At a very young age — long before she was selling out Madison Square Garden or starring in blockbuster films — Amy Schumer learned about the sting of heartache.

Her father, Gordon, once owned a successful furniture company, which meant Amy was born into relatively well-off circumstances on Manhattan's Upper East Side. But things took a dramatic turn long before she reached her teen years.

Photo by Mark Ralston/AFP/Getty Images.


When Amy was just 9 years old, Gordon Schumer was diagnosed with multiple sclerosis. It was life-changing in more ways than one.

To make matters worse, the diagnosis coincided with her father's business failing, according to Huffington Post. Unable to cover the overwhelming medical costs, the family went bankrupt. The pain and instability that ensued helped mold Amy's comedy for decades. The storyline of her 2015 film "Trainwreck," for instance, was largely autobiographical; her on-screen dad (played by actor Colin Quinn) really did live in a senior center with multiple sclerosis.

"It's the most painful thing in the world to just watch this person that you love ultimately just digress and kind of decompose," Schumer told NPR in 2013. "And it's too heavy and you have to find a way to laugh at it."

Reading my book to my dad felt pretty good.

A photo posted by @amyschumer on

It's clear Amy's father has made an enormous impact on her life. And this week, she was able to thank him in a very big way.

On Dec. 19, 2016, Amy announced that she bought back her father's farm — a property the family was forced to give up long ago due to the bankruptcy.

Today I bought my father's farm back.

A photo posted by @amyschumer on

On Instagram, Amy shared an adorable video of her much younger self on the farm, about to run away into a towering maze of corn.

"My dad was taunting me because I wanted him to come with me," she wrote in the caption. "We lost the farm when we lost everything else. But today I got to buy it back for him."

Although Schumer's act is an admirable one, it's also a harsh reminder that she's definitely one of the very lucky ones.

The comedian's millionaire status means she's, of course, more able than most to open up her wallet to help her aging parent. But, put in historical context, Schumer is even more privileged than many might realize.

A new study by The Equality of Opportunity Project found that half of 30-year-olds won't make as much money as their parents at the same age, Time's Money magazine reported. It's a dramatically different figure than Americans born in 1940, who had a 92% chance of out-earning their parents.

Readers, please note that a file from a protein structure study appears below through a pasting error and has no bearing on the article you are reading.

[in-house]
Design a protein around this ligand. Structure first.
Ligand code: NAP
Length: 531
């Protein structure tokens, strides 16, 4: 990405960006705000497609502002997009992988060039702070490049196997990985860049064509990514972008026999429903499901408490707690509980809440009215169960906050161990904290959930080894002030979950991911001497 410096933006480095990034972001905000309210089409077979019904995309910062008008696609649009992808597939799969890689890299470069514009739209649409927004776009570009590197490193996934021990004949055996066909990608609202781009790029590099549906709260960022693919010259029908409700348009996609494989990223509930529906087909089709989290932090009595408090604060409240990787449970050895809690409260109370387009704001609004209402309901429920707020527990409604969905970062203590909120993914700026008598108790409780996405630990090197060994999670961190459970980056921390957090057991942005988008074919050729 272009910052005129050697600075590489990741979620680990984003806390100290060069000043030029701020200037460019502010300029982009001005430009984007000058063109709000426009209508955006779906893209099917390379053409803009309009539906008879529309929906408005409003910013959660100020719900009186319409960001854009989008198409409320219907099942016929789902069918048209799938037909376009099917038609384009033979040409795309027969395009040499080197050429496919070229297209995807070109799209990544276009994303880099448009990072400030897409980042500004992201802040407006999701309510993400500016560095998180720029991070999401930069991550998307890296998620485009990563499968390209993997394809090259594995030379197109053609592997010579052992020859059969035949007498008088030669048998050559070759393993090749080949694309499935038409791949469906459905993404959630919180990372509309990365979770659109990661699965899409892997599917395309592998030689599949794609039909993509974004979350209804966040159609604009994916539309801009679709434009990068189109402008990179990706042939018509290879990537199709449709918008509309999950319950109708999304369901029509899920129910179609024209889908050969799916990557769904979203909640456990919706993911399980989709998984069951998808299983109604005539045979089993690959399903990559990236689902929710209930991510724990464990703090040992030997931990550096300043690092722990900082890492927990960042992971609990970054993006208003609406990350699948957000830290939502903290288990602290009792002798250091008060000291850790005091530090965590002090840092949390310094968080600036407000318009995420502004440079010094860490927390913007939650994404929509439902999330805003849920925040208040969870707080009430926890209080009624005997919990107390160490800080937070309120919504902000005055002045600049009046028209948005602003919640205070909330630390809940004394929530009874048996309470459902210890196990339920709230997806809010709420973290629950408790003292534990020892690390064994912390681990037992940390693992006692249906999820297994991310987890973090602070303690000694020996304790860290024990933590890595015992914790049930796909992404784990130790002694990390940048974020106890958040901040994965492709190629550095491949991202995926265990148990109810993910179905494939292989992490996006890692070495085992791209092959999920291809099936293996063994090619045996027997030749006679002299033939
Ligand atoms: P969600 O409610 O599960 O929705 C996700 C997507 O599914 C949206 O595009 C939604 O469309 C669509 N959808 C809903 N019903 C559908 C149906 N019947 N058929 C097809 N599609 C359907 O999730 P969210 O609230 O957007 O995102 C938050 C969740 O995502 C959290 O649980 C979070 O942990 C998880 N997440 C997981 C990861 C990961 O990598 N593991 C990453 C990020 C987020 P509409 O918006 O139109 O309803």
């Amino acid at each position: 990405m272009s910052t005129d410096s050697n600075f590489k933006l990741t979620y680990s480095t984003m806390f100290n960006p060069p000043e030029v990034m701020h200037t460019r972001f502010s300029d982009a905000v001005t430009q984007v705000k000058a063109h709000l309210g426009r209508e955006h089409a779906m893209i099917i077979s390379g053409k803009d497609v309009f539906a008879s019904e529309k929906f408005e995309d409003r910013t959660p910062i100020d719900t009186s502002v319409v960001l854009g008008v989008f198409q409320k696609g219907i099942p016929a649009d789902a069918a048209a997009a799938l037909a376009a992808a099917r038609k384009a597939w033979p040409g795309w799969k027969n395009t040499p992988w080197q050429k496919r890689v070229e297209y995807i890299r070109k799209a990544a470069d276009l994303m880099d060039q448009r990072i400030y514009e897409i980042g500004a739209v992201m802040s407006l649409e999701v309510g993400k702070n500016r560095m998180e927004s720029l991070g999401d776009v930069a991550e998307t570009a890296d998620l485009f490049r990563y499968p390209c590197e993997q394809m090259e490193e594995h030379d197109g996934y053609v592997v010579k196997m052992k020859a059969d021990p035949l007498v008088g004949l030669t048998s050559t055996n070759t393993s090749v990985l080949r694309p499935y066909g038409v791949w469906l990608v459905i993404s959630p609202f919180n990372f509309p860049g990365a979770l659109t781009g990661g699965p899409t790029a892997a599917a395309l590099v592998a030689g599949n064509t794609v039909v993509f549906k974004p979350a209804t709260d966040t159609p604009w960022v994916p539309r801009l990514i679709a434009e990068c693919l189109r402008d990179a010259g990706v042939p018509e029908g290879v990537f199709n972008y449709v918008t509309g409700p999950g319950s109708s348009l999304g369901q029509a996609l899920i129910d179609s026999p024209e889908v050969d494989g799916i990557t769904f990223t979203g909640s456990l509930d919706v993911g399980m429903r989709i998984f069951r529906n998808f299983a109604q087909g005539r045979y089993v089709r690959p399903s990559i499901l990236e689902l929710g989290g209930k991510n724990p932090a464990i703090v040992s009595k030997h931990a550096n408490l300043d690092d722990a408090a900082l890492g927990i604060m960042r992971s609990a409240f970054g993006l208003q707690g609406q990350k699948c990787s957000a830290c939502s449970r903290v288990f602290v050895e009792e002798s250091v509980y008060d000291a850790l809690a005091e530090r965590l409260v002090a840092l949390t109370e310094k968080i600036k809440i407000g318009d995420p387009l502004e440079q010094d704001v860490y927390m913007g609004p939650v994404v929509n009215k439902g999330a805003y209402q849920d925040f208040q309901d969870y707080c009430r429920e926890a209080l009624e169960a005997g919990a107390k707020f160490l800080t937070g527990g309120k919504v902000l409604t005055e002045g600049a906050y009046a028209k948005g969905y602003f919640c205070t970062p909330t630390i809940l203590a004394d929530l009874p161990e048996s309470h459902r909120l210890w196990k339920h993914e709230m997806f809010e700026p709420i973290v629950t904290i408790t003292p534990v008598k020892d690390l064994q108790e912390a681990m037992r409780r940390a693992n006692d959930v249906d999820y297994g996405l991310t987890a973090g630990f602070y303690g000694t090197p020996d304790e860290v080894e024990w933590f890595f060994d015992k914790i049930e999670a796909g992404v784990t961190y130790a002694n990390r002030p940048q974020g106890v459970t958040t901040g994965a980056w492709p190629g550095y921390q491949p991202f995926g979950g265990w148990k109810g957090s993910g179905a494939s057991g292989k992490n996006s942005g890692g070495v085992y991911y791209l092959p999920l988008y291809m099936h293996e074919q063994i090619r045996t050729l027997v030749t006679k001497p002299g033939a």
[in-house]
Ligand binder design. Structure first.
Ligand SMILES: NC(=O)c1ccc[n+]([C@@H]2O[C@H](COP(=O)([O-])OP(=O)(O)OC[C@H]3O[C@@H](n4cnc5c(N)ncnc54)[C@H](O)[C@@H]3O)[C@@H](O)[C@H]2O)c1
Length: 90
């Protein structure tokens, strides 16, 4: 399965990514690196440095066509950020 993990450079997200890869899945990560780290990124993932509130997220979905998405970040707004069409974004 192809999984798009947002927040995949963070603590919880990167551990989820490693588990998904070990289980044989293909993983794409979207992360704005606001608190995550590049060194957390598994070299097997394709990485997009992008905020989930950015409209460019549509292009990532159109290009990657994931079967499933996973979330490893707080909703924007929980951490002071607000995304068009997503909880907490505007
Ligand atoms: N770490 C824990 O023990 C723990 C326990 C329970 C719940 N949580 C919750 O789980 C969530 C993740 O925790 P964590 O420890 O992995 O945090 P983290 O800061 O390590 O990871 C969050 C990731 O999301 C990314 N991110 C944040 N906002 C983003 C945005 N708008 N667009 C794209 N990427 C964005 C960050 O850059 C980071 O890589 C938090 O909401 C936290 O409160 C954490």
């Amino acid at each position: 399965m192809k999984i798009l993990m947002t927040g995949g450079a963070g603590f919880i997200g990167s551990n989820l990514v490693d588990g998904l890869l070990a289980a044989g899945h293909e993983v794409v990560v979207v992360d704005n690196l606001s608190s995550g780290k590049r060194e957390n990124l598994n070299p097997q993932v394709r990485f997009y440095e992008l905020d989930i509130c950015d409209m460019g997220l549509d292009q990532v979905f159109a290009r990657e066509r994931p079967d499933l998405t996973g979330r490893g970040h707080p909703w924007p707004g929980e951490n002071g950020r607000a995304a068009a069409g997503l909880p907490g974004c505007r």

Most of us won't have the luxury of buying up old properties for our parents, to say the least.

But Schumer's gift is also a beautiful reminder that giving back to the people we treasure most — regardless of the price tag involved — may just be one of the best ways to spend our money.

And it never hurts to keep things light either — especially when life gets the most serious.

"I love to laugh," Schumer told "CBS Sunday Morning" in 2015. "I seek laughter all the time. I think that's something that also comes with having a sick parent is you don't know what's going to happen, and so I'll be like, 'I'm psyched my legs still work.' And I want to, like, experience all I can and make as many memories as I can."

#tbt happy me. #samearms

A photo posted by @amyschumer on

Photo from Dole
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The fruit on your plate were grown and picked on farms, then processed, packaged and sent to the grocery store where you bought them.

Sounds simple, right?

The truth is, that process is anything but simple and at every step in the journey to your plate, harm can be caused to the people who grow it, the communities that need it, and the planet we all call home.

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Photo from Dole
True

As you sit down to eat your breakfast in the morning or grab an afternoon snack, take a minute to consider your food, how it was made, and how it got to your plate.

The fruit on your plate were grown and picked on farms, then processed, packaged and sent to the grocery store where you bought them.

Sounds simple, right?

The truth is, that process is anything but simple and at every step in the journey to your plate, harm can be caused to the people who grow it, the communities that need it, and the planet we all call home.

For example, thousands of kids live in food deserts and areas where access to affordable and nutritious food is limited. Around the world, one in three children suffer from some form of malnutrition, and yet, up to 40% of food in the United States is never eaten.

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